- 61 percent of female victims and 44 percent of male victims were stalking by a current or former intimate partner
- An estimated 15 percent of women and 6 percent of men have been a victim of stalking during their lifetimes
- 7.5 million people were stalked in one year in the U.S.
One day, while walking out of Wal-Mart, I stopped at the Redbox to pick up a movie. A guy walked up behind me and began telling me that he found me attractive. He then asked me if we’d ever met before because he recalled seeing my face, and I told him that we hadn’t (later, I would remember that he approached me in the parking lot of a different Wal-Mart not far from this one).
As usual, I tried as many deflection techniques I could think of. All failed. It was as if his brain couldn’t process the word “No.” Even the Redbox machine betrayed me as it took its sweet time thinking between selections. I pulled out the movie and tried to put some distance between me and the guy, but he wouldn’t stop pursuing. Finally, I said, “Look…no. I’m sorry. I’m really, really, really not interested.”
He smiled and then replied, “Okay then, Ms. Walker. I’ll see you around.”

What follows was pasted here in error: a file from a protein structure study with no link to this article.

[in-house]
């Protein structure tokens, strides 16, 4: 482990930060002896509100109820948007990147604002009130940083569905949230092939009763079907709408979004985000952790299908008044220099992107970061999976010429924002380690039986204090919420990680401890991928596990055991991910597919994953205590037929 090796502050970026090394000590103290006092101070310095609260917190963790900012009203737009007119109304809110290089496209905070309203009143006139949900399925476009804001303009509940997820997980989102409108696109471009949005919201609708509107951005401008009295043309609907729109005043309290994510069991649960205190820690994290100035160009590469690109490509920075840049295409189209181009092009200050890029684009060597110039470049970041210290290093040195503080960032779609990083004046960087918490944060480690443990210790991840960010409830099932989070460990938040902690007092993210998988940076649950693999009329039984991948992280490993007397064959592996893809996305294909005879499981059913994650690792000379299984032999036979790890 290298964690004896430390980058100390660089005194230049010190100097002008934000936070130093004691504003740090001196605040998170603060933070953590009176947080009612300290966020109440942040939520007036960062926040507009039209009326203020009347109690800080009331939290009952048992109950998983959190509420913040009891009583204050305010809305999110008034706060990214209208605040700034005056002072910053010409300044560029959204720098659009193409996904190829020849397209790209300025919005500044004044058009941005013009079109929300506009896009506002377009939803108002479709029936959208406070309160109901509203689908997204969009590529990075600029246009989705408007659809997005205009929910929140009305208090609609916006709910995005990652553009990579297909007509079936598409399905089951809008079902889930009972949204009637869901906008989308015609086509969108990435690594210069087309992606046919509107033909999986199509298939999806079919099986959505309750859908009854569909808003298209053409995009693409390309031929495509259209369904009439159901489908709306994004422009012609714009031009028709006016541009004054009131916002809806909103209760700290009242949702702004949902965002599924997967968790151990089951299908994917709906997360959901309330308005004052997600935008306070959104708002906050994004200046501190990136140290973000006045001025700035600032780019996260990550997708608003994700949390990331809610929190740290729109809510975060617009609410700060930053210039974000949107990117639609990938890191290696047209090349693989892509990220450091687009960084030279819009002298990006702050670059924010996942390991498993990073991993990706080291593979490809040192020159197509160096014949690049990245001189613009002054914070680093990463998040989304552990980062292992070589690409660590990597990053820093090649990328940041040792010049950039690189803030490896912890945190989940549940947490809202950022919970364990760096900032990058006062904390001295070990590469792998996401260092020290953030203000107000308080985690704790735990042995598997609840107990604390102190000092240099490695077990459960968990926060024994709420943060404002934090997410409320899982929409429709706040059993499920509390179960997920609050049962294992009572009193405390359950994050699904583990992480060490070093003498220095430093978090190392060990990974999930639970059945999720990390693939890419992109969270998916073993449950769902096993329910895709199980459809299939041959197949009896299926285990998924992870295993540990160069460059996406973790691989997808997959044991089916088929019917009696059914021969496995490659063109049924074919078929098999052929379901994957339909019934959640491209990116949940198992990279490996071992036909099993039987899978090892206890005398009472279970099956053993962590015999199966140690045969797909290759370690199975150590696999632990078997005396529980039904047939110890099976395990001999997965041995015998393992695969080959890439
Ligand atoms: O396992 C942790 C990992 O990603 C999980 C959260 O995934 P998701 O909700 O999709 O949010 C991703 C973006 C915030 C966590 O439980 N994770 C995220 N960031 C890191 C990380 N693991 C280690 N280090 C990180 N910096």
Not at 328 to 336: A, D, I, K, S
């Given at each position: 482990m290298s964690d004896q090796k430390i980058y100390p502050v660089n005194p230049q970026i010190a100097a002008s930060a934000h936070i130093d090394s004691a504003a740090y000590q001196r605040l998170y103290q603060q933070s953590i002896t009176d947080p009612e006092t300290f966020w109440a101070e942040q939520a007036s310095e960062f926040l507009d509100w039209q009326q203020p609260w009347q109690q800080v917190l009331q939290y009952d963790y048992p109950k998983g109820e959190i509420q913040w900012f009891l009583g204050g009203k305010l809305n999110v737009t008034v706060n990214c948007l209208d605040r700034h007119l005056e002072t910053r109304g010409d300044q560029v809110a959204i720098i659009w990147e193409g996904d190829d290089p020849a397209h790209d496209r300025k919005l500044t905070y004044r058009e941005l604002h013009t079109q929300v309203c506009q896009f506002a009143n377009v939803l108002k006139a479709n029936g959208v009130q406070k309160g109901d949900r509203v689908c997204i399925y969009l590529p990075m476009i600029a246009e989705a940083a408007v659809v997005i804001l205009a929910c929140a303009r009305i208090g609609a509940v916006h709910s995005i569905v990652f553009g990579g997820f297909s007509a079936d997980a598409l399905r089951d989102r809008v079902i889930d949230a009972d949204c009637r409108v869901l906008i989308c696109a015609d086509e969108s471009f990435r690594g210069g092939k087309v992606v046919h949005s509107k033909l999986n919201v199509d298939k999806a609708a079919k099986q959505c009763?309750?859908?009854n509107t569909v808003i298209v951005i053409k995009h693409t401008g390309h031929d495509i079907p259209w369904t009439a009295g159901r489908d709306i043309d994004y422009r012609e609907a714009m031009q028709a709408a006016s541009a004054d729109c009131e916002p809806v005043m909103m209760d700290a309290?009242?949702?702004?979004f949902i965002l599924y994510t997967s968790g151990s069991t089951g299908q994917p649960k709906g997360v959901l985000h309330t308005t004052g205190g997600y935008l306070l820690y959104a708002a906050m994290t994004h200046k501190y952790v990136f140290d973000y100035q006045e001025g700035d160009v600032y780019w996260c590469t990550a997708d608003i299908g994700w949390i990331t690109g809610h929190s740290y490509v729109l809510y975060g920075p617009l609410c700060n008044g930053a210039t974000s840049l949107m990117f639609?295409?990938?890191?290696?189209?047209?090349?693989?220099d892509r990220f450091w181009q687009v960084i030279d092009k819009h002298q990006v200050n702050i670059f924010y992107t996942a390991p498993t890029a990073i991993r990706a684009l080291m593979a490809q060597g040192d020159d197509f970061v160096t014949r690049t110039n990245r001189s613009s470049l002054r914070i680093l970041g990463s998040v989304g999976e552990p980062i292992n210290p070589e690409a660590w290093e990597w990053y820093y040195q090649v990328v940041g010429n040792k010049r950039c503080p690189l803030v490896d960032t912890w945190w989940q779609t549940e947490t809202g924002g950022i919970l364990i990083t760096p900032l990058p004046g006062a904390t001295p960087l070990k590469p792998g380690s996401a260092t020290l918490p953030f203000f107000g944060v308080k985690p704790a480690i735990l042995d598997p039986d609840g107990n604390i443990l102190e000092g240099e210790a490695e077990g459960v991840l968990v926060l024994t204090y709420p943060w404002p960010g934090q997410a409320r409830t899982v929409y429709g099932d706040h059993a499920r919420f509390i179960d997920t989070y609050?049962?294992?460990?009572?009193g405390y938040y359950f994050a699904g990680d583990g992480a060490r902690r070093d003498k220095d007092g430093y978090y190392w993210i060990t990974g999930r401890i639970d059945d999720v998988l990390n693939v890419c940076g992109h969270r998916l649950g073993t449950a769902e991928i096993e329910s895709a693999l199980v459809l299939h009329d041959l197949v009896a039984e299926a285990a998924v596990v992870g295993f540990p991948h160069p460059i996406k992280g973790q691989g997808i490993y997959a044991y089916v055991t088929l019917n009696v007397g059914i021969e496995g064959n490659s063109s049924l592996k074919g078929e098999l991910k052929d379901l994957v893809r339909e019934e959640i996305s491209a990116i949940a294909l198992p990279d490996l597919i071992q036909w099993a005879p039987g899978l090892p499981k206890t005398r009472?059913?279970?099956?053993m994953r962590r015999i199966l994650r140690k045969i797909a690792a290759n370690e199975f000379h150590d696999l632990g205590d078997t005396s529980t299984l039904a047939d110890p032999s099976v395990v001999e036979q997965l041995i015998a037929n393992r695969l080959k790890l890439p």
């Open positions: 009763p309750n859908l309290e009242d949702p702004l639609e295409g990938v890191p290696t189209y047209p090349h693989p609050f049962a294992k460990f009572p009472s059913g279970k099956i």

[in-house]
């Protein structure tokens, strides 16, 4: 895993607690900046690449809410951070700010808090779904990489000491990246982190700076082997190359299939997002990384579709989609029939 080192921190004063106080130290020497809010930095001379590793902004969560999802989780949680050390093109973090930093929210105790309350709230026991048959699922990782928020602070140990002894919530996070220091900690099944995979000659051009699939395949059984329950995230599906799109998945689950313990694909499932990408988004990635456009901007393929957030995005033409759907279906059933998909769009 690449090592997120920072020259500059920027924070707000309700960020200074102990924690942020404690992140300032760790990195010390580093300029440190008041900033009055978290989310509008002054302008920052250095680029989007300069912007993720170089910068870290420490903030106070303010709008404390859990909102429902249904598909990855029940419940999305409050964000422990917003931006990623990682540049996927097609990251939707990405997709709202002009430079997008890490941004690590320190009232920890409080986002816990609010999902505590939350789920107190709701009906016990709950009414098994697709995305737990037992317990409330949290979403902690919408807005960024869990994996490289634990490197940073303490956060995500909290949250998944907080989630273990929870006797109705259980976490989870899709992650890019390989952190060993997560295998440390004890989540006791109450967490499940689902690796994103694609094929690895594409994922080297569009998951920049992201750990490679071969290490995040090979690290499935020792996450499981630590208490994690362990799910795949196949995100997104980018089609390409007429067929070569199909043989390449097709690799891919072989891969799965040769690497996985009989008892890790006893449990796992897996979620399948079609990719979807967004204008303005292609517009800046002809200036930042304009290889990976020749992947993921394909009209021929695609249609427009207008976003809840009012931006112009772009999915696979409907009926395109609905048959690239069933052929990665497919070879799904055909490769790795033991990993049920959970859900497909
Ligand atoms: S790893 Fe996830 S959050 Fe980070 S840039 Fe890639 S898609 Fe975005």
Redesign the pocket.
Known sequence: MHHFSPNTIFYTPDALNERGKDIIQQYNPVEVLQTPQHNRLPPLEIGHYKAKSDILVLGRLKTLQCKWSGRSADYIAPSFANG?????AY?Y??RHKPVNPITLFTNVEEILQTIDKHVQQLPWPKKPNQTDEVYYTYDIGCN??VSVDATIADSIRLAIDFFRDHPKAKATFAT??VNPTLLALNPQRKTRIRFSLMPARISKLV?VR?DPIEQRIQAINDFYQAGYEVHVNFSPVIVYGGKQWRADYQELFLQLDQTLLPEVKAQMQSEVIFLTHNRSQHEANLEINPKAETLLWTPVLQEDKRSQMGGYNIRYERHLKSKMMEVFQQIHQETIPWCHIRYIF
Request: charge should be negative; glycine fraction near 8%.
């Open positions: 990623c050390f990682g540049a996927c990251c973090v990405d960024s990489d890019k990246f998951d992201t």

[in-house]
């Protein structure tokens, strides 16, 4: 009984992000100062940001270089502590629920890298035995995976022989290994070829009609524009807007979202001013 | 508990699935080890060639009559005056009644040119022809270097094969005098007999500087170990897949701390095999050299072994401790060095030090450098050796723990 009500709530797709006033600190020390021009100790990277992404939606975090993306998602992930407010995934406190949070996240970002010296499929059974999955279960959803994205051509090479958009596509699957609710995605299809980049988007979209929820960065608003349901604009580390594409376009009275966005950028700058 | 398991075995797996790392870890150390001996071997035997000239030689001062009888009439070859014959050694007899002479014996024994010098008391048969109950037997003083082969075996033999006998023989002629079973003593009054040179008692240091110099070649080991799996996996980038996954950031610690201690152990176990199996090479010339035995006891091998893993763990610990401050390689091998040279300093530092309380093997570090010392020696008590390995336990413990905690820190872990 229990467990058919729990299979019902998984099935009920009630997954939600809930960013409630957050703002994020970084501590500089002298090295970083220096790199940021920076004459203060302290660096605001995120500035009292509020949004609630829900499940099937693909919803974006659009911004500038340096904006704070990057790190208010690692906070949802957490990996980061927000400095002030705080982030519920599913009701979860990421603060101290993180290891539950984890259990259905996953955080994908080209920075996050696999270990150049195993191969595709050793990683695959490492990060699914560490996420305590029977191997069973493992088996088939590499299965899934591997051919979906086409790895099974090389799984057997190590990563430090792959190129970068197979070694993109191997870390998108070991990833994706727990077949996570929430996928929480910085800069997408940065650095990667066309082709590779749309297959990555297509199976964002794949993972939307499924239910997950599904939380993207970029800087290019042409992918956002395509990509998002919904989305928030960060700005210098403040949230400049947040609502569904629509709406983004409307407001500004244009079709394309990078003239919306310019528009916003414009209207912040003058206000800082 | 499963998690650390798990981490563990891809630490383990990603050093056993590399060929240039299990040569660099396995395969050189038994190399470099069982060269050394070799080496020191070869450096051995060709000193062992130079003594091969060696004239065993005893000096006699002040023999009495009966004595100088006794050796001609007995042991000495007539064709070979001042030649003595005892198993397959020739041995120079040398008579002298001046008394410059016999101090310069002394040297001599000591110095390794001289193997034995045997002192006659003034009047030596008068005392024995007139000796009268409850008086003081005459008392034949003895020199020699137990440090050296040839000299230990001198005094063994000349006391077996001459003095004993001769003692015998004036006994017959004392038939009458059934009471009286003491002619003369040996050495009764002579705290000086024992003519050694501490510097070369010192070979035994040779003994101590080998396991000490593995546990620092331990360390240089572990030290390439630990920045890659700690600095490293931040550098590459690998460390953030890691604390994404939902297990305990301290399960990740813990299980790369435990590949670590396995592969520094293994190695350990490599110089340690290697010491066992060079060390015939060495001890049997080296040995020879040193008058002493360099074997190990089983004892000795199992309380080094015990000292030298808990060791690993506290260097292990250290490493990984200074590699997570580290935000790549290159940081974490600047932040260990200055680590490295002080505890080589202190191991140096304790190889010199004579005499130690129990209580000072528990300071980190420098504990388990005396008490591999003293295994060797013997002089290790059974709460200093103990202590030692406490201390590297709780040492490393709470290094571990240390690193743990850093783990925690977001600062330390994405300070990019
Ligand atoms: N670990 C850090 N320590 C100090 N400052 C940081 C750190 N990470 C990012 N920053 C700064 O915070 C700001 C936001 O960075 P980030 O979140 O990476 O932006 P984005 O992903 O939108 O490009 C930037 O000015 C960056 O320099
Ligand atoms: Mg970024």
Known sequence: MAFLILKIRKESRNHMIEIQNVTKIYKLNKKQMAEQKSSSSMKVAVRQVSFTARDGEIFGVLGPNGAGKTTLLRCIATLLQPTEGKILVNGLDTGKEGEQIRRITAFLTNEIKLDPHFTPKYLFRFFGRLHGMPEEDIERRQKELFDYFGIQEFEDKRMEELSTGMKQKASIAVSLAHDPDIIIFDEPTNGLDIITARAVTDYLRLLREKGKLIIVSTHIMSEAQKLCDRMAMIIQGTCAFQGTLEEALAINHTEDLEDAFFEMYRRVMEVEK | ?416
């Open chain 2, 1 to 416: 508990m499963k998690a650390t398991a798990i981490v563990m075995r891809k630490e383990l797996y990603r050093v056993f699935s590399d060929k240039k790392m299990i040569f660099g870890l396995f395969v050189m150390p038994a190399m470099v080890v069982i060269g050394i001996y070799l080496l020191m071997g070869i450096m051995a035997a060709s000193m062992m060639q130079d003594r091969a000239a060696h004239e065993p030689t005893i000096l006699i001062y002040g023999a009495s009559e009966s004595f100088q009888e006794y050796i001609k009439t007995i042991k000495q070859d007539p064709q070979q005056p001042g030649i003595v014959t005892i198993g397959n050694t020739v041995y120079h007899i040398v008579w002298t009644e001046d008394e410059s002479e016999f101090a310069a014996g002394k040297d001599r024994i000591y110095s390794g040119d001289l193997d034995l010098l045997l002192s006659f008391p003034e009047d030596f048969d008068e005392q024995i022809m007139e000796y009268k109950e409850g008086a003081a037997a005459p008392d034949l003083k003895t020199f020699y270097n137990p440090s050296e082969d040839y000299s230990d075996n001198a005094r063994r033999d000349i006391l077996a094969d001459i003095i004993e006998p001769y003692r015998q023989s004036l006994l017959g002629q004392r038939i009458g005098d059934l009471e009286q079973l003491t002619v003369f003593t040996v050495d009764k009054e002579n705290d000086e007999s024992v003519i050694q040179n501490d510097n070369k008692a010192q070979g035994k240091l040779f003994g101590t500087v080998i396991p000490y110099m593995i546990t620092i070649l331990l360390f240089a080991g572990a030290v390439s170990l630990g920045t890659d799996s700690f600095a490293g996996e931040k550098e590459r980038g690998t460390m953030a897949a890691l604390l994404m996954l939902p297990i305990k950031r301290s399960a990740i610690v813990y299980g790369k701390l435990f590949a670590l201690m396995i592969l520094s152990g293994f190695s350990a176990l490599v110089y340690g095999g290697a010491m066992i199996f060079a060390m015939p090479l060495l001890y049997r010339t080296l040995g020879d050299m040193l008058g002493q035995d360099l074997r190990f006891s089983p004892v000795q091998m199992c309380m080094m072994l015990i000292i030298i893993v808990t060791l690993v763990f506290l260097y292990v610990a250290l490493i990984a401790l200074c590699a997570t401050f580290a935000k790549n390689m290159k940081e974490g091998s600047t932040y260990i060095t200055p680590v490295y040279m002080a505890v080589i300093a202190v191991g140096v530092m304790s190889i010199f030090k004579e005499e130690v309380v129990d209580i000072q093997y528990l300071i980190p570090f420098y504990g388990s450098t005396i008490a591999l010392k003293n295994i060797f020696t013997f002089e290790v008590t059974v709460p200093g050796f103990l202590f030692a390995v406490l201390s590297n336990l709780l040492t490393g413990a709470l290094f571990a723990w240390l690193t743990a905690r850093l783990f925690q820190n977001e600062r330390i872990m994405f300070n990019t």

It wasn’t until I’d gotten all the way back to my apartment, roughly a half hour away, that I realized I never told him my name. Neither first nor last.
Unfortunately, I did exactly what most women do in situations like this: I ignored it. I figured that it was just a fluke and made excuses (and terrible ones, at that). Somehow, it was worse to me to be seen by law enforcement as a histrionic, crazy woman than take something like that seriously.
I moved shortly after this happened and haven’t been back to either location ever since. However, as writers usually do, I wondered about the women who didn’t take it seriously. The ones who did something as simple as go check if they’d left their phone in their cars in the middle of the night just to never return.
Tayler and Gage’s story was born. Romance with a dark twist. Working title: Angels and Assassins.